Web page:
Additionally newer features like Web Storage allow for 5-10 MB of storage on the client side for data, often used for “offline” versions of a site. This is really handy but makes any computer or cell phone used a potentially treasure trove of data if that’s not correctly purged or protected. I expect that 5-10 MB barrier to rise over time just like disk cache. Even my cell phone can likely afford more than 5-10 MB. My digital camera can hold 16 GB in a card a little larger than my fingernail. Local storage is already pretty cheap these days, and will likely only get cheaper.
Mobile phones are hardly immune from all this as they feature increasingly robust browsers capable of all sorts of HTML5 magic. The rise of mobile “apps” is powered largely by the offline abilities and storage functionality. Web Storage facilitates this in many ways but doesn’t provide any inherent security.
Again, I don’t need to dwell here, but people are leaving increasingly sensitive data on devices they use, and services they use. SSL protects them while data is moving over the wire, but does nothing for them once data gets to either end. The time spent over the wire is measured in milliseconds, the time spent at either end can be measured in years.
My proposal is that there’s a need for native JS Cryptography implementing several popular algorithms like AES, Serpent, Twofish, MD5 (I know it’s busted, but still could be handy for legacy reasons), SHA-256 and expanding as cryptography matures. By doing so, the front end logic can easily and quickly encrypt data before storing or sending.
For example to protect Web Storage before actually saving to
xmlHttpRequest or POST/GET one could send encrypted payloads directly to the server over http or https rather than send raw data to the server. This greatly facilitates the Mozilla Sync model of data security.
This can also be an interesting way to transmit select data in a secure manner while serving the rest of a site over http using
xmlHttpRequest by just wrapping the data in crypto (that assumes a shared key).
I’m sure there are other uses that I haven’t even thought of.
JS libraries like Crypto-JS are pretty cool, but they aren’t ideal. We need something as fast and powerful as we can get. Like I said earlier, mobile is a big deal here and mobile has performance and power issues. Intel and AMD now have AES Native Instructions (AES NI) for their desktop chips. I suspect mobile chips who don’t have this will eventually do so. I don’t think any amount of JS optimization will get that far performance wise. We’re talking 5-10 MB of client side data today, and that will only grow. We’re not even talking about encrypting data before remote storage (which in theory can break the 10MB limit).
Furthermore, most browsers already have a Swiss Army knife of crypto support already, just not exposed via JS in a nice friendly API. I don’t think any are currently using AES NI when available, though that’s a pretty new feature and I’m sure in time someone will investigate that.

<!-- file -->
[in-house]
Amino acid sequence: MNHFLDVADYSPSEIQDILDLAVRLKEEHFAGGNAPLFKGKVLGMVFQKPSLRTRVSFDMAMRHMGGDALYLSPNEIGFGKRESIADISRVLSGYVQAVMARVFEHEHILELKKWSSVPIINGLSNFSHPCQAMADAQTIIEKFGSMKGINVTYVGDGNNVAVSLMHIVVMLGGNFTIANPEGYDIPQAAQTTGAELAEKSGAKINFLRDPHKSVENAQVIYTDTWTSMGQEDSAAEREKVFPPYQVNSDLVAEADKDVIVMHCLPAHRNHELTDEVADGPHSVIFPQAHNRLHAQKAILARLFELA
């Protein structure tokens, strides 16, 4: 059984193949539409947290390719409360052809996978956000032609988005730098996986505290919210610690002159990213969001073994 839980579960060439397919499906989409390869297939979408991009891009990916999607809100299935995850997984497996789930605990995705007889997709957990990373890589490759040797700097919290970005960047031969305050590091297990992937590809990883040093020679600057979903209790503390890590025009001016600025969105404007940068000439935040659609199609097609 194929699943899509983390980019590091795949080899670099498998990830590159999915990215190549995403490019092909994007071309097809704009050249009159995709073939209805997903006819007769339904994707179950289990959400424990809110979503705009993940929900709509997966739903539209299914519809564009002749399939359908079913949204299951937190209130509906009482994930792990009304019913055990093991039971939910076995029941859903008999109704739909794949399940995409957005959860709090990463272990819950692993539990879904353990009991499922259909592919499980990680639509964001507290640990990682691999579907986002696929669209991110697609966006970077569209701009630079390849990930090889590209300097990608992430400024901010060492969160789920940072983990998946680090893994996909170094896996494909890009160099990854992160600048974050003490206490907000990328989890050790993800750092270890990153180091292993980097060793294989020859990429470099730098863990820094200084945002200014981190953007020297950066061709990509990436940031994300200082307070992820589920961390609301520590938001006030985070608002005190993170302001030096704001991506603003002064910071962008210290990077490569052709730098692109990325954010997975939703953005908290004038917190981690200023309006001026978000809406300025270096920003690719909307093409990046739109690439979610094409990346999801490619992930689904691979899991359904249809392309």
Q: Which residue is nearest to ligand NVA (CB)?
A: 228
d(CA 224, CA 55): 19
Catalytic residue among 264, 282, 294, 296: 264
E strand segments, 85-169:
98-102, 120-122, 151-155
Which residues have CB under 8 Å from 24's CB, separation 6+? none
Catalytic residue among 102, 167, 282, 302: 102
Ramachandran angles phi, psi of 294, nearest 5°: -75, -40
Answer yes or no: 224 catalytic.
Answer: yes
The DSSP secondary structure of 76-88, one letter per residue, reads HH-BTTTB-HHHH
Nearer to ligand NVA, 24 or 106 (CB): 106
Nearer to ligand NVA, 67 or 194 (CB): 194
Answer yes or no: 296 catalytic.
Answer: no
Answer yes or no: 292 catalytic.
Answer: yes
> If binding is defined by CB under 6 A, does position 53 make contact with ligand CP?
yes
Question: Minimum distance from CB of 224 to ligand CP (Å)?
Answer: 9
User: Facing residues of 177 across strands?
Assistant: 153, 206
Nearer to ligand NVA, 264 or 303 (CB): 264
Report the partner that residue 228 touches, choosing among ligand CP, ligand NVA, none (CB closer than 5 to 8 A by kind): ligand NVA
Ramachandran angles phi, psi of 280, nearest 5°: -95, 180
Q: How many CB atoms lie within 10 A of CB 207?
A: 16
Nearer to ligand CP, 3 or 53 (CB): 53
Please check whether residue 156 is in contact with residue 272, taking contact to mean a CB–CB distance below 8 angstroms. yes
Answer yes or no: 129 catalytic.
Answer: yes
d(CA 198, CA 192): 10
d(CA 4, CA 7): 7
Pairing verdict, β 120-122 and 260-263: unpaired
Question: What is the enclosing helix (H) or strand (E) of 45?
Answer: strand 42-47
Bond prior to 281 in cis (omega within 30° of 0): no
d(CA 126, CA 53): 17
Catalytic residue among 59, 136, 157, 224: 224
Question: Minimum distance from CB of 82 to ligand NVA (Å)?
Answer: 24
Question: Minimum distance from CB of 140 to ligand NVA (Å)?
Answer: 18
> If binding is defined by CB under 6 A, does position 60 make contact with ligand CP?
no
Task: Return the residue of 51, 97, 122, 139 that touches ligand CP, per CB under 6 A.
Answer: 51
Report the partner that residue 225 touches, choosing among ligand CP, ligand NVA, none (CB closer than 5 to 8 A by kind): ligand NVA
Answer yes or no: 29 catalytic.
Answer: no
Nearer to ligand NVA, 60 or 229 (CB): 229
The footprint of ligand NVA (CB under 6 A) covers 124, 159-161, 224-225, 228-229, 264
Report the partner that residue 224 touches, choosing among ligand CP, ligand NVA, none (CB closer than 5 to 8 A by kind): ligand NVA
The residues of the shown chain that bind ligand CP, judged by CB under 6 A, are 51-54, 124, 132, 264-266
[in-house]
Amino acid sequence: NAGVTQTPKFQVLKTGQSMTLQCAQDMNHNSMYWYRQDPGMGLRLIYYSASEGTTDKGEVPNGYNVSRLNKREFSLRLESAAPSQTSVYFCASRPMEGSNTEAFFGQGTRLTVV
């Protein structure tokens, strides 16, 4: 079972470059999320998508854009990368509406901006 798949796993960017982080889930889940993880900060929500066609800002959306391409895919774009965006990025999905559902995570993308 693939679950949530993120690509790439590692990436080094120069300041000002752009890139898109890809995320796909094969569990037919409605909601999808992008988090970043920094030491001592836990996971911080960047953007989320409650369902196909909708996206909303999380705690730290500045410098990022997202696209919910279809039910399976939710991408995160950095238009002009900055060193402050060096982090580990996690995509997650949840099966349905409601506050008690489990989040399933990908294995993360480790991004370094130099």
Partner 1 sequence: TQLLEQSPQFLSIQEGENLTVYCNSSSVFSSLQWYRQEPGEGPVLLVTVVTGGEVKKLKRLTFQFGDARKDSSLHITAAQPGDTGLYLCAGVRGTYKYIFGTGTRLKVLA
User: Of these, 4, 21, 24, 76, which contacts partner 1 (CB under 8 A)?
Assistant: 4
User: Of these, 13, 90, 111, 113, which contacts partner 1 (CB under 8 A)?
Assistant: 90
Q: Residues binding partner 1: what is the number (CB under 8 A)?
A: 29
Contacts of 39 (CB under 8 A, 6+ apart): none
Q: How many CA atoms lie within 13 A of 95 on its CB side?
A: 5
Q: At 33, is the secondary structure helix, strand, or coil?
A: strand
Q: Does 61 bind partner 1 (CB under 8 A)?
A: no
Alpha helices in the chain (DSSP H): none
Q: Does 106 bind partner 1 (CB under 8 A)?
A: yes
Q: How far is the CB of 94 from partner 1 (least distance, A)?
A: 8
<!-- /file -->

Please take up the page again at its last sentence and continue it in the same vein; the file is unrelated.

Providing a cryptography API would be a great way to encourage websites to up the security model in an HTML5 world.
Sure, both are great, but web apps should be in control of their own security model regardless of what the terminal is doing. Even if they are encrypted, that doesn’t provide a great security model if the browser has one security model in place for Web Storage and the site has its own authentication system.
True, libraries do exist, and JS is getting amazingly fast to the point of threatening native code. However crypto is now being hardware accelerated. It’s also something that can be grossly simplified by getting rid of libraries. I view JS crypto libraries the way I view ExplorerCanvas. Great, but I’d prefer a native implementation for its performance. These libraries do still have a place bridging support for browsers that don’t have native support in the form of a shim.
That’s the point! This isn’t ideal in all cases for example you can’t encrypt photos you intend to share on Facebook or Flickr, but a DropBox like service may be an ideal candidate for encryption.
What about them? Browsers have been shipping cryptography for years. This is just exposing cryptography so web developers can better take advantage and secure user data. If anything JS crypto implementations likely create a bigger legal issue regarding “exporting” cryptography for web developers.
Perhaps. To quote Apple’s Think Different Campaign
Here’s to the crazy ones. The misfits. The rebels. The troublemakers. The round pegs in the square holes.
The ones who see things differently. They’re not fond of rules. And they have no respect for the status quo. You can quote them, disagree with them, glorify or vilify them.
About the only thing you can’t do is ignore them. Because they change things. They invent. They imagine. They heal. They explore. They create. They inspire. They push the human race forward.
Maybe they have to be crazy.
How else can you stare at an empty canvas and see a work of art? Or sit in silence and hear a song that’s never been written? Or gaze at a red planet and see a laboratory on wheels?
While some see them as the crazy ones, we see genius. Because the people who are crazy enough to think they can change the world, are the ones who do.
Time to enable the crazy ones to do things in a more secure way.
password to better reflect likely implementation in the psudocode.